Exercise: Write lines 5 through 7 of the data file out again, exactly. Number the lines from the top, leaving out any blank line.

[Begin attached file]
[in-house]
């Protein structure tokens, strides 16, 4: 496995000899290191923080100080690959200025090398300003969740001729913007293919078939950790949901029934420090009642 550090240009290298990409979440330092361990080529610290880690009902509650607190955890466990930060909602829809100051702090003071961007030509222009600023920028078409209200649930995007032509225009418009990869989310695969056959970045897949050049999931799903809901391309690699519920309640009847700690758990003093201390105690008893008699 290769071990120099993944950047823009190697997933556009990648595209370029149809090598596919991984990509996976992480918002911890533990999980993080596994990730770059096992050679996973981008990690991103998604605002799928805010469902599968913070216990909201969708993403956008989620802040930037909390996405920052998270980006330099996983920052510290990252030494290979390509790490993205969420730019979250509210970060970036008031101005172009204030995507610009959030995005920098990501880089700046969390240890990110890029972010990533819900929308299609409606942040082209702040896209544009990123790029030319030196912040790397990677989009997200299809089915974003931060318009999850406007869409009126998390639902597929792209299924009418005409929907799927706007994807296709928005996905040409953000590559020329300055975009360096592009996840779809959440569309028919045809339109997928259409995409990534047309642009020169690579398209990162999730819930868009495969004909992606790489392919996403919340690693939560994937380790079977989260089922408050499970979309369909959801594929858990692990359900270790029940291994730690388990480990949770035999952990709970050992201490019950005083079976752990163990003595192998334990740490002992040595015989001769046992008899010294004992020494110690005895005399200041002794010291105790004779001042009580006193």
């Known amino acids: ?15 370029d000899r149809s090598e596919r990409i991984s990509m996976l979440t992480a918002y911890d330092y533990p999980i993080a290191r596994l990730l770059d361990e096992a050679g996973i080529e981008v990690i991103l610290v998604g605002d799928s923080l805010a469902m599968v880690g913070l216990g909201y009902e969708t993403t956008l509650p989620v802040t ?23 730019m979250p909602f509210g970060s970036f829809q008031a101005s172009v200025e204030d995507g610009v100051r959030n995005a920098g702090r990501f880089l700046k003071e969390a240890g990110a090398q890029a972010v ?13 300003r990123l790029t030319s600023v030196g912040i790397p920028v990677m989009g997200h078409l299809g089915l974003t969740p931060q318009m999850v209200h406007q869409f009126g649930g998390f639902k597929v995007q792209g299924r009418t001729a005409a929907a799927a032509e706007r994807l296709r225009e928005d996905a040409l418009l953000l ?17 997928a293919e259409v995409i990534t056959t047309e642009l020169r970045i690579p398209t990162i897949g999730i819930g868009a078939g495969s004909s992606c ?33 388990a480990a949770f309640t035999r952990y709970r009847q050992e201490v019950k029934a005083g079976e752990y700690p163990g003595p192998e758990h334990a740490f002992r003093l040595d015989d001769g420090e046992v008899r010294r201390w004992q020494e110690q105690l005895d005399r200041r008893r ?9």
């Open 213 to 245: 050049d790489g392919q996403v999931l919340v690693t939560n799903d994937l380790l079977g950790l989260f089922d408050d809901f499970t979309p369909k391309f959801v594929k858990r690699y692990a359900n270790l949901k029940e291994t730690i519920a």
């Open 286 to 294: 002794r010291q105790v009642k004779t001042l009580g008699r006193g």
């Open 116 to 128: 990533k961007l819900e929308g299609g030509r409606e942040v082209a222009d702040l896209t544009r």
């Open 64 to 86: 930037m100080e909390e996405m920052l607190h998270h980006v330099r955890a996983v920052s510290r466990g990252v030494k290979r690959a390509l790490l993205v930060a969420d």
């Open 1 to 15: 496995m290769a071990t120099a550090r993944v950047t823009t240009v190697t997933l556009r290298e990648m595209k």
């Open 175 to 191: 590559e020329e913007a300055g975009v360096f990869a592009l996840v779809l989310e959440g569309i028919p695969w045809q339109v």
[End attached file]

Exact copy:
């Open 286 to 294: 002794r010291q105790v009642k004779t001042l009580g008699r006193g």
């Open 116 to 128: 990533k961007l819900e929308g299609g030509r409606e942040v082209a222009d702040l896209t544009r």
């Open 64 to 86: 930037m100080e909390e996405m920052l607190h998270h980006v330099r955890a996983v920052s510290r466990g990252v030494k290979r690959a390509l790490l993205v930060a969420d």